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Revista de biología marina y oceanografía

versión On-line ISSN 0718-1957

Rev. biol. mar. oceanogr. v.44 n.3 Valparaíso dic. 2009

http://dx.doi.org/10.4067/S0718-19572009000300004 

Revista de Biología Marina y Oceanografía 44(3): 561-569, diciembre de 2009

ARTICULOS

Histological survey of four species of cultivated molluscs in Chile susceptible to OIE notifiable diseases

Catastro histológico de cuatro especies de moluscos cultivados en Chile susceptibles a enfermedades de declaración obligatoria a la OIE

 

Mariel Campalans1,2 and Karin B. Lohrmann2

1Escuela de Ciencias del Mar, Pontificia Universidad Católica de Valparaíso, Av. Altamirano 1480, Valparaíso, Chile
2Facultad de Ciencias del Mar, Universidad Católica del Norte, Larrondo 1281, Coquimbo, Chile
klohrman@ucn.cl


RESUMEN

Se examinaron moluscos cultivados en Chile para detectar la presencia de enfermedades de declaración obligada a la OIE (Office International des Epizooties: Organización Mundial de Sanidad Animal). Se tomaron muestras de tejidos, en invierno y en verano, de las especies susceptibles que se cultivan en el país, los abalones Haliotis discus hannai y H. rufescens, y las ostras Crassostrea gigas y Ostrea chilensis. Se realizaron cortes histológicos de todos los moluscos obtenidos y para el caso de ostra chilena, se procesó además tejido para observación en microscopio electrónico de transmisión (MET) para describir al protozoo tipo Bonamia presente en los hemocitos de algunas ostras. El único patógeno de declaración obligada a la OIE que se encontró fue Xenohaliotis californiensis en H. rufescens, bacteria que se encontró formando inclusiones intracelulares en epitelios digestivos, principalmente post-esófago y glándula digestiva. La descripción ultraestructural del protozoo tipo Bonamia sp. indica que se parece en algunos aspectos y difiere en otros, de las especies B. ostreae y B. exitiosa, pertenecientes al listado de enfermedades de moluscos de declaración obligada de la OIE.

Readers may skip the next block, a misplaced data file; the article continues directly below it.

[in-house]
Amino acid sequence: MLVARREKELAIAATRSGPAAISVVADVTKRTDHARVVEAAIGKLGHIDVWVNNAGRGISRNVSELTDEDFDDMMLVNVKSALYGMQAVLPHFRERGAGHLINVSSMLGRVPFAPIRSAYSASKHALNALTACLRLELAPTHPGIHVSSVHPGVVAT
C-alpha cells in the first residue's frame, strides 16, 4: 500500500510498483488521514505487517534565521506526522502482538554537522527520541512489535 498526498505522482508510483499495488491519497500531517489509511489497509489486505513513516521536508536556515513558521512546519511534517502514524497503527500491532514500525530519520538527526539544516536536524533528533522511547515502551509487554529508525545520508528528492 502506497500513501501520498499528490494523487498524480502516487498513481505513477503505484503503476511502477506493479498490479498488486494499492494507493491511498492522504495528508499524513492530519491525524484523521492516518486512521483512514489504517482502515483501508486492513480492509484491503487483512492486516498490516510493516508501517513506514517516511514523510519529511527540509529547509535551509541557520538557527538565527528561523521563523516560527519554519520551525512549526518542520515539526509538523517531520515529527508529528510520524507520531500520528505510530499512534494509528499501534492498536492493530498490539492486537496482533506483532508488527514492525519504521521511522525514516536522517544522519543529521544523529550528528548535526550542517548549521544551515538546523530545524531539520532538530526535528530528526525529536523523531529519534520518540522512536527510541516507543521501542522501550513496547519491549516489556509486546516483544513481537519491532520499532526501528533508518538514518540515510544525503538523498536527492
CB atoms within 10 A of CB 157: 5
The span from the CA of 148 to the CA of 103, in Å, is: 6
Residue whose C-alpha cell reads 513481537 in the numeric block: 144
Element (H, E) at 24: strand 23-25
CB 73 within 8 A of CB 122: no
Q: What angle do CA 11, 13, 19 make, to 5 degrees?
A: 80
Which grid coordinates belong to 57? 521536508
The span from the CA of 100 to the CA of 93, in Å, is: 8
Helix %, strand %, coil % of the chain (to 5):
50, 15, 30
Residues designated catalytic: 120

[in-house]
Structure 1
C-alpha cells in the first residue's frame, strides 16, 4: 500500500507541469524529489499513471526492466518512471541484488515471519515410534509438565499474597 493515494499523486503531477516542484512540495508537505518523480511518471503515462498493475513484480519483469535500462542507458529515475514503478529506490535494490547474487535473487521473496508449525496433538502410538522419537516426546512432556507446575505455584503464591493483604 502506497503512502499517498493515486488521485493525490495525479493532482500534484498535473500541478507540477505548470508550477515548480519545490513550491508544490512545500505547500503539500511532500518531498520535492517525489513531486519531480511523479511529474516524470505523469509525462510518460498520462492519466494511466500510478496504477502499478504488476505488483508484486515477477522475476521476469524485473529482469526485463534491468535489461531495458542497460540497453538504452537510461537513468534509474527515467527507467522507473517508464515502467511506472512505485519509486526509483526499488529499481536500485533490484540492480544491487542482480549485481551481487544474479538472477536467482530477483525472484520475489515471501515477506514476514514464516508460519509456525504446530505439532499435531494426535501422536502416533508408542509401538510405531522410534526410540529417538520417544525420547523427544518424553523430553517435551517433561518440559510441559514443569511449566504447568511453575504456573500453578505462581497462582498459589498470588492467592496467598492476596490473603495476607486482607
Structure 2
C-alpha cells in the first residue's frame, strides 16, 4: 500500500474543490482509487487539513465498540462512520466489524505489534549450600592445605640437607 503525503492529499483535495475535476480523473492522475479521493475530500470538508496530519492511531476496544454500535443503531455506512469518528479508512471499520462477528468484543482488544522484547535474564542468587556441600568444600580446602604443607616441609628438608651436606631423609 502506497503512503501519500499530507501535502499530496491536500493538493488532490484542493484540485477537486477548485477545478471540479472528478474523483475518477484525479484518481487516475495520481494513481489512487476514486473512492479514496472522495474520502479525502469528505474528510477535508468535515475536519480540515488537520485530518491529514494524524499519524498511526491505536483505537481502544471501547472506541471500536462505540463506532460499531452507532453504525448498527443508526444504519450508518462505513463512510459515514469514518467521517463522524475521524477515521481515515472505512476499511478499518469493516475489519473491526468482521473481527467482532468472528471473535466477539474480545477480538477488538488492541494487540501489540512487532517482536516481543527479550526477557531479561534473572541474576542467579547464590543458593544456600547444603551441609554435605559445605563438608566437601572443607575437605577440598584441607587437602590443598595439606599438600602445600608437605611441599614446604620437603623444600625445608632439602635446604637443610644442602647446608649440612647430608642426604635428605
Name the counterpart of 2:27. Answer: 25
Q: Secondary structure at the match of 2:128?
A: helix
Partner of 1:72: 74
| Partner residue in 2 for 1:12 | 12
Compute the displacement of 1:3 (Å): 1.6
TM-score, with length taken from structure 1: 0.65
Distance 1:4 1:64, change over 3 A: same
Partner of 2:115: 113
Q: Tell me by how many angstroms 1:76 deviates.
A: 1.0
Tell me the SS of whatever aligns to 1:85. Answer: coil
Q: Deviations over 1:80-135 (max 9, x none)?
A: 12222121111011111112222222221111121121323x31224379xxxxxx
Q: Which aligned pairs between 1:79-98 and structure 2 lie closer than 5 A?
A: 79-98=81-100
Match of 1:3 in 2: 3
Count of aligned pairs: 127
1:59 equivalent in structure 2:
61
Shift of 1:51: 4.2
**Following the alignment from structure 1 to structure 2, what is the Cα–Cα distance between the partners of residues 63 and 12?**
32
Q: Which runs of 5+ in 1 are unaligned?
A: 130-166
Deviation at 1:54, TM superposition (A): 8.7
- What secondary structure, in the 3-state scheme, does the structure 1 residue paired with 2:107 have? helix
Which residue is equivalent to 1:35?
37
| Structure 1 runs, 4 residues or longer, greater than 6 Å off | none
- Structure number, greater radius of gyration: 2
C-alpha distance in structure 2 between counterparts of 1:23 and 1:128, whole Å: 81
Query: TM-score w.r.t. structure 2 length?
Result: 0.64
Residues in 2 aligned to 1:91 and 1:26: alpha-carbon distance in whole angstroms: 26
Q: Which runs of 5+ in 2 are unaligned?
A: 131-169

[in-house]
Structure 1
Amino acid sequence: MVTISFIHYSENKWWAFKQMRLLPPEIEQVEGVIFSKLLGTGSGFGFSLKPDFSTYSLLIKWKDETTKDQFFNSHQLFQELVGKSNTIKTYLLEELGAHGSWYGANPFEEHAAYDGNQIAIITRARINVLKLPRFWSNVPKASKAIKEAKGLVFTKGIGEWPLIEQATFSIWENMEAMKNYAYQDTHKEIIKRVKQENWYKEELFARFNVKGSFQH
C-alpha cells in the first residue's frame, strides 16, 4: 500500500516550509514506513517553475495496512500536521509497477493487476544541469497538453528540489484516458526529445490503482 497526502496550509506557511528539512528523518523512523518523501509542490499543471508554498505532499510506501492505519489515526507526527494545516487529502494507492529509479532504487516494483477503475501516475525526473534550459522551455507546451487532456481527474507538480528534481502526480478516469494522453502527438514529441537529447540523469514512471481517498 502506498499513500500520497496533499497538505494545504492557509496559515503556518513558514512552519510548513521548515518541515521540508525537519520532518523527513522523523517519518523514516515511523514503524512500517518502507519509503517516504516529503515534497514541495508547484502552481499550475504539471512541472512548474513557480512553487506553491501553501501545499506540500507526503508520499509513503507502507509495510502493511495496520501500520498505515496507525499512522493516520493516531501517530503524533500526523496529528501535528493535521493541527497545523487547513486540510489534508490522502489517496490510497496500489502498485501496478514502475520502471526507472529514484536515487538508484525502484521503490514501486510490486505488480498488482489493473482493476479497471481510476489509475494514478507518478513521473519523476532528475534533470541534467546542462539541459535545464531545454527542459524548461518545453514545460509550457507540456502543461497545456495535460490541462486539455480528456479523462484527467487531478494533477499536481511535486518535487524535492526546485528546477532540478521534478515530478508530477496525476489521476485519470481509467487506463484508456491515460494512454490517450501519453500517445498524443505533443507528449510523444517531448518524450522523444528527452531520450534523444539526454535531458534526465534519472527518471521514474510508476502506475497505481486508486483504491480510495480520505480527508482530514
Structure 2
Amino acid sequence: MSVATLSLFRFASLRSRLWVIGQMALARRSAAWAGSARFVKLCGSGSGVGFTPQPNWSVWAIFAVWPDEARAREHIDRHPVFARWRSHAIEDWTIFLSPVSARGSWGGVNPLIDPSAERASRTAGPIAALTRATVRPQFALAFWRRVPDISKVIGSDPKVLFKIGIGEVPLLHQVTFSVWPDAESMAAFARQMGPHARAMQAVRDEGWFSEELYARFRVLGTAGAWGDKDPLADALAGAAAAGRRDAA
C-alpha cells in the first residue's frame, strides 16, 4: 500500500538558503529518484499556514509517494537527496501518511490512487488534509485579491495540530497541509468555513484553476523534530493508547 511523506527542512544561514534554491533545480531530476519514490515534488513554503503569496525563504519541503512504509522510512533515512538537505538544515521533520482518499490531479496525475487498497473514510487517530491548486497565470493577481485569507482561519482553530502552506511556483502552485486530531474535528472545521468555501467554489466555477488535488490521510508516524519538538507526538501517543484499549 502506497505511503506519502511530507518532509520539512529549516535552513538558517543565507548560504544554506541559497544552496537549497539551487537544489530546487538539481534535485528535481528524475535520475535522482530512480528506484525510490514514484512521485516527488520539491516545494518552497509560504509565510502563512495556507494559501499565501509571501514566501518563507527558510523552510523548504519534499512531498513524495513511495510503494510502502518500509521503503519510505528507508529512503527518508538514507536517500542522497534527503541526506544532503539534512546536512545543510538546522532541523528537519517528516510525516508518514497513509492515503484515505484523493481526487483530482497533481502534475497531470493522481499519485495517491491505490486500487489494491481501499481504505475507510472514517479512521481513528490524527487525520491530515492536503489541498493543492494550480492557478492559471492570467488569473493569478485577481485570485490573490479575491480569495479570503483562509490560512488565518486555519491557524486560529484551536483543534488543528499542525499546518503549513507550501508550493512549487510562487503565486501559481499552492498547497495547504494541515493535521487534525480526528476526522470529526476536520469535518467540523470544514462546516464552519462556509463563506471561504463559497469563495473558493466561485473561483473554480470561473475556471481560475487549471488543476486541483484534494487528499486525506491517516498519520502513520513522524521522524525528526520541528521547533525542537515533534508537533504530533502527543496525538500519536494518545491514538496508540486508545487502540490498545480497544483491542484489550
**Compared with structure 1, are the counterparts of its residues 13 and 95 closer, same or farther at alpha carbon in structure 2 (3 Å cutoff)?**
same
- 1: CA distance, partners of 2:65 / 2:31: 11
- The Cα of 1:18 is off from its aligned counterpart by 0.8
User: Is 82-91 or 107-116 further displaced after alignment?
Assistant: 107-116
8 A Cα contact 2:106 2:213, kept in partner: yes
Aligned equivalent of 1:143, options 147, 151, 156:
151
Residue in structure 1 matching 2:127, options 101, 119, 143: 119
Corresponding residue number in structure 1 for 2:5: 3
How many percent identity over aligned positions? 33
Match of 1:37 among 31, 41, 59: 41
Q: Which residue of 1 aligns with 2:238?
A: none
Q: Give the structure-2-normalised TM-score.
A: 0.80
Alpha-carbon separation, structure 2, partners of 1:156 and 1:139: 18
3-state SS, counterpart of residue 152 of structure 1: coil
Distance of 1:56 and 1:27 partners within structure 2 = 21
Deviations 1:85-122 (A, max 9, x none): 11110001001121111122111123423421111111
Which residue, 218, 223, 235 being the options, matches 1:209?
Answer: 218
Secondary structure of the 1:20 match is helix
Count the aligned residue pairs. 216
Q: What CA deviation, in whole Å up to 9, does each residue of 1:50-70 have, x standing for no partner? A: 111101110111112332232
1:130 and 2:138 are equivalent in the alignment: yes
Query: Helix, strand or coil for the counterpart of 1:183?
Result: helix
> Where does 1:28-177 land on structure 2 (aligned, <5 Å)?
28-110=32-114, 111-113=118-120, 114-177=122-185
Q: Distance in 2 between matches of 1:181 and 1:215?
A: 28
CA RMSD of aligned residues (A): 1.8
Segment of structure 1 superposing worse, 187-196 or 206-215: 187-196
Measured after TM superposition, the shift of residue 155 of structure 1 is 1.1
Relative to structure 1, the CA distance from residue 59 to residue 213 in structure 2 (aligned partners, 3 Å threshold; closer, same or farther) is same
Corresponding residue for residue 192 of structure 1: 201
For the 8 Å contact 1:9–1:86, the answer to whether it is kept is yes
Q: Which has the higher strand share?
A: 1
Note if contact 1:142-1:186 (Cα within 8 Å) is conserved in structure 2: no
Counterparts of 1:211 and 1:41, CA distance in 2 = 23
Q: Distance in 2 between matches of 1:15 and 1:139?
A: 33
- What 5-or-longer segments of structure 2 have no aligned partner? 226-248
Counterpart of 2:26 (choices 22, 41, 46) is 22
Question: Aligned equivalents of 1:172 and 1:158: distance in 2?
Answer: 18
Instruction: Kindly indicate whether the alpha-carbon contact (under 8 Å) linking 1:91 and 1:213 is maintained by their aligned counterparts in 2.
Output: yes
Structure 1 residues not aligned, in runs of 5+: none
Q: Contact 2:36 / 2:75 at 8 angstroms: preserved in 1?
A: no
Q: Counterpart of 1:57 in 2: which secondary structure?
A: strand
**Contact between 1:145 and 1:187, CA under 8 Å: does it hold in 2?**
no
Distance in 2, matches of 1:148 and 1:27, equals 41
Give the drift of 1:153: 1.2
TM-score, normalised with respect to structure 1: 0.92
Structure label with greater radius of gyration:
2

Palabras clave: Enfermedades de moluscos, Bonamia sp., OTR en abalones, Xenohaliotis californiensis


ABSTRACT

Shellfish cultured in Chile were analyzed to detect the presence of diseases notifiable to OIE (Office International des Epizooties: the World Organization for Animal Health). Tissue samples of the susceptible species, the abalones Haliotis discus hannai, H. rufescens, and oysters Crassostrea gigas, and Ostrea chilensis cultured in Chile were collected in winter and summer. Histological sections were performed of all species; furthermore, tissue from the Chilean oyster (O. chilensis) was processed for transmission electron microscopy (TEM) to describe the Bonamia-like protozoan detected in the haemocytes of some oysters. The only pathogen from the list of notifiable diseases of the OIE was Xenohaliotis californiensis in H. rufescens. This bacterium formed intracellular inclusions in digestive epithelia, mainly in the post-esophagus and digestive gland. The ultrastructural description of the Bonamia -like protozoan shows it is similar in some features and different in others from the species B. ostreae. and B. exitiosa included in the list of notifiable diseases of the OIE.

Key words: Mollusc diseases, Bonamia sp., RLOs in abalones, Xenohaliotis californiensis


INTRODUCTION

Mollusc culture is an important economic and social activity in Chile, being practised both on native and exotic species. The main native cultured species are scallops (Argopecten purpuratus Lamarck, 1819), mussels (Mytilus chilensis (Hupé, 1854), Choromytilus chorus (Molina, 1782), Aulacomya atra (Molina, 1782)) and the flat oyster (Ostrea chilensis Philippi, 1845). Farmed exotic species are red abalone (Haliotis rufescens Swainson, 1822), Pacific abalone (Haliotis discus hannai Ino, 1953), and the Pacific oyster (Crassostrea gigas Thunberg, 1795).

The OIE (Office International des Epizooties: the World Organization for Animal Health) listed diseases of molluscs are: Infection with Bonamia ostreae, B. exitiosa, Marteilia refringens, Perkinsus marinus, P. olseni, Xenohaliotis californiensis and abalone viral mortality (OIE 20081). The cultivated molluscs in Chile susceptible to these pathogens are the oysters O. chilensis and C. gigas, as well as the abalones H. discus hannai and H. rufescens. Chile is an OIE member and as such, is obliged to notify the occurrence of any of the listed diseases.